- Both Boyd and historic Christian exegesis assume that there is an implicit condition that if the Ninevites meet, they will be spared.
- Boyd believes that, if God knew with certainty that Nineveh would repent, the prophecy of impending destruction was insincere.
But the accusation of insincerity is warranted only if the threat or the condition of repentance was not true. That is, if God would NOT have overthrown Nineveh had they not repented, or if he WOULD have overthrown Nineveh even if they repented, then his threat would have been insincere. He would have been lying. But the threat and the condition were true. God would have indeed destroyed them had they not repented, and he did not destroy them when they did repent.
Greg seems to rule out the possibility that a God who knows all that will come to pass can sincerely warn against consequences that he knows will not come about (e.g., "Nineveh will be overthrown if you don't repent"). But, in fact, in God's mind, the warning may be the very means he is using to see to it that his foreknown future will come about; namely, that Nineveh will repent. God is not insincere in giving this warning. Had they not repented they would have perished.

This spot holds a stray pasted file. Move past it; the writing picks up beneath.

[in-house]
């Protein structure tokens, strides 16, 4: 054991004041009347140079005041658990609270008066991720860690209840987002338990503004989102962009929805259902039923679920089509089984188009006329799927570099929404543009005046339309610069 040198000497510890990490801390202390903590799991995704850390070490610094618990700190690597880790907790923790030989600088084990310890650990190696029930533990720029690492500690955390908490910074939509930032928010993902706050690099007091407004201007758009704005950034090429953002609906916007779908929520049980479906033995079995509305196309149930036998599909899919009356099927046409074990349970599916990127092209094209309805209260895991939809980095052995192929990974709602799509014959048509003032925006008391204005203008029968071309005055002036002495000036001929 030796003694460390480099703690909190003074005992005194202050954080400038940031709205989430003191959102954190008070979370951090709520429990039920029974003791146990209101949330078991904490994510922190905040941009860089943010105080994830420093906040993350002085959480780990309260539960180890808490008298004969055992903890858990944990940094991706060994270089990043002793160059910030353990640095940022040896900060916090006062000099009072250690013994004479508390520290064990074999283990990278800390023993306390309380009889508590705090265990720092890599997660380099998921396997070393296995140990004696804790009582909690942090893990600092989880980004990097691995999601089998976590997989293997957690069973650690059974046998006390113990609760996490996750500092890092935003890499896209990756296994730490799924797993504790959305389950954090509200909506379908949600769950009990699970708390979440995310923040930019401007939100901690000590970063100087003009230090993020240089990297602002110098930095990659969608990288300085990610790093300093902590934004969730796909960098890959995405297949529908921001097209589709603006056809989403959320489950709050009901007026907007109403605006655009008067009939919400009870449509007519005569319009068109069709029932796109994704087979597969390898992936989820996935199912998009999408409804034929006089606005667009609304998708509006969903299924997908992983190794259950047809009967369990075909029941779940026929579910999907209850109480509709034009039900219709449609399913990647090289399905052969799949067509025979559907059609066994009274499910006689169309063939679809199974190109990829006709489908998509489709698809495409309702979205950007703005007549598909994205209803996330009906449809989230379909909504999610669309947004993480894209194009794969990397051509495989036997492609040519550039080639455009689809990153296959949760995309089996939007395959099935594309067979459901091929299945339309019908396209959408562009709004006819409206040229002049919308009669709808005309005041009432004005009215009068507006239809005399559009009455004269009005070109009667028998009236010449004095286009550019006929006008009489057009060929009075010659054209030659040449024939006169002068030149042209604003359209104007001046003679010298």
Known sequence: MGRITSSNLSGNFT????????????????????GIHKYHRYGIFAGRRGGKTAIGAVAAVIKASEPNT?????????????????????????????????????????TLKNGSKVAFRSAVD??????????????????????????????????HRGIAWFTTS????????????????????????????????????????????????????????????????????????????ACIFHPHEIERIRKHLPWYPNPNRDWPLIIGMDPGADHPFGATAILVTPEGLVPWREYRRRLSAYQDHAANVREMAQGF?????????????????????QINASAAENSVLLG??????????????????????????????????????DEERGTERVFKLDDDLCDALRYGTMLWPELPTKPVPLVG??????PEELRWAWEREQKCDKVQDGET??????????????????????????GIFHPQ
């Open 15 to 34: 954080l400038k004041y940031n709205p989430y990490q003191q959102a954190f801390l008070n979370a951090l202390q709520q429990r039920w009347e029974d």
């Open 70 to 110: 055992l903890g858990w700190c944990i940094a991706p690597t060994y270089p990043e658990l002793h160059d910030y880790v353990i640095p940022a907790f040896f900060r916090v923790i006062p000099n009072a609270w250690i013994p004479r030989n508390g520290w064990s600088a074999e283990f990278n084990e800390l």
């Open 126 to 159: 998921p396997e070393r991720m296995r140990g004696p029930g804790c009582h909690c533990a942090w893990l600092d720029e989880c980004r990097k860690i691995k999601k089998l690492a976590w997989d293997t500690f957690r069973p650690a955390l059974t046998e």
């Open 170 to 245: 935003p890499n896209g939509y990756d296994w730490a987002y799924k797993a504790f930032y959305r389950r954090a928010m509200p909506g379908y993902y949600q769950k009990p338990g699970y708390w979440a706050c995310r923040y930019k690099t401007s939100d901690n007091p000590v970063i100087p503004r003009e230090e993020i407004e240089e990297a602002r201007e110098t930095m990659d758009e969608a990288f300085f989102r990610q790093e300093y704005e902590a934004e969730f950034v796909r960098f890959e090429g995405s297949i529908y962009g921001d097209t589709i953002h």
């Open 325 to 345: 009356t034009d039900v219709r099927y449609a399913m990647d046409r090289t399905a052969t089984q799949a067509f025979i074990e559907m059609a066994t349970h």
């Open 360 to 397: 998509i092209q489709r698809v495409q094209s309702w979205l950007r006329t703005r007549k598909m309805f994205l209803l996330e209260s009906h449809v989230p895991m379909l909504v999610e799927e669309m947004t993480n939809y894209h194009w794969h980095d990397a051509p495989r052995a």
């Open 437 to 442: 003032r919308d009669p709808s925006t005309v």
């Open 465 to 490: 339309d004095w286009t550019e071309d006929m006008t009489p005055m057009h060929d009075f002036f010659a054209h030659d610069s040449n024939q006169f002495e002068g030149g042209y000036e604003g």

#3 God's Changing His Plan
At one moment I might speak concerning a nation or concerning a kingdom to uproot, to pull down, or to destroy it; 8 if that nation against which I have spoken turns from its evil, I will relent (= repent) concerning the calamity I planned to bring on it.